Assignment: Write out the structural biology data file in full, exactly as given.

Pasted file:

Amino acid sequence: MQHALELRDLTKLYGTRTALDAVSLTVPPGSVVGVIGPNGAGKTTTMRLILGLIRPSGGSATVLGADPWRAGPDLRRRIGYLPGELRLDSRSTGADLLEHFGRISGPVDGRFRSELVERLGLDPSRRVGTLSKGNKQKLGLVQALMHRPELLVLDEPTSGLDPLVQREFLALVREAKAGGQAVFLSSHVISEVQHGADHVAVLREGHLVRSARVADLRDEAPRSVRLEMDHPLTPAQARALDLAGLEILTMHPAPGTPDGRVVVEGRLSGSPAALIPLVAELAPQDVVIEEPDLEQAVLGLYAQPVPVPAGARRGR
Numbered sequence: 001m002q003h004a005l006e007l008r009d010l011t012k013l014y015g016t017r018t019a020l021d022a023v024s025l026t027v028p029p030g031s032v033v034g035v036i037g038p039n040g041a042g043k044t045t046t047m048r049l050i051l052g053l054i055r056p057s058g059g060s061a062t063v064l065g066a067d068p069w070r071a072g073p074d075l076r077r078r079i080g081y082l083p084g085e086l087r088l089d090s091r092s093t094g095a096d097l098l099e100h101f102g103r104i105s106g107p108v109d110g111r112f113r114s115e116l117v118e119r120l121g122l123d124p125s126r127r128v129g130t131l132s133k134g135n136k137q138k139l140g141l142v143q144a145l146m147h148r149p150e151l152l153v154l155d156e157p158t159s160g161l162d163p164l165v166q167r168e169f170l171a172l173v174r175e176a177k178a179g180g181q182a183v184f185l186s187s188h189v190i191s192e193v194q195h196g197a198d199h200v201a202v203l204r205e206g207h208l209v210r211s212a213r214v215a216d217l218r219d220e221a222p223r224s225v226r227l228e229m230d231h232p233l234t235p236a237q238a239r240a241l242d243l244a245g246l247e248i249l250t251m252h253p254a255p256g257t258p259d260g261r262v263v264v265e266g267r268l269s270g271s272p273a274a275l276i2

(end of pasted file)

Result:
Amino acid sequence: MQHALELRDLTKLYGTRTALDAVSLTVPPGSVVGVIGPNGAGKTTTMRLILGLIRPSGGSATVLGADPWRAGPDLRRRIGYLPGELRLDSRSTGADLLEHFGRISGPVDGRFRSELVERLGLDPSRRVGTLSKGNKQKLGLVQALMHRPELLVLDEPTSGLDPLVQREFLALVREAKAGGQAVFLSSHVISEVQHGADHVAVLREGHLVRSARVADLRDEAPRSVRLEMDHPLTPAQARALDLAGLEILTMHPAPGTPDGRVVVEGRLSGSPAALIPLVAELAPQDVVIEEPDLEQAVLGLYAQPVPVPAGARRGR
Numbered sequence: 001m002q003h004a005l006e007l008r009d010l011t012k013l014y015g016t017r018t019a020l021d022a023v024s025l026t027v028p029p030g031s032v033v034g035v036i037g038p039n040g041a042g043k044t045t046t047m048r049l050i051l052g053l054i055r056p057s058g059g060s061a062t063v064l065g066a067d068p069w070r071a072g073p074d075l076r077r078r079i080g081y082l083p084g085e086l087r088l089d090s091r092s093t094g095a096d097l098l099e100h101f102g103r104i105s106g107p108v109d110g111r112f113r114s115e116l117v118e119r120l121g122l123d124p125s126r127r128v129g130t131l132s133k134g135n136k137q138k139l140g141l142v143q144a145l146m147h148r149p150e151l152l153v154l155d156e157p158t159s160g161l162d163p164l165v166q167r168e169f170l171a172l173v174r175e176a177k178a179g180g181q182a183v184f185l186s187s188h189v190i191s192e193v194q195h196g197a198d199h200v201a202v203l204r205e206g207h208l209v210r211s212a213r214v215a216d217l218r219d220e221a222p223r224s225v226r227l228e229m230d231h232p233l234t235p236a237q238a239r240a241l242d243l244a245g246l247e248i249l250t251m252h253p254a255p256g257t258p259d260g261r262v263v264v265e266g267r268l269s270g271s272p273a274a275l276i2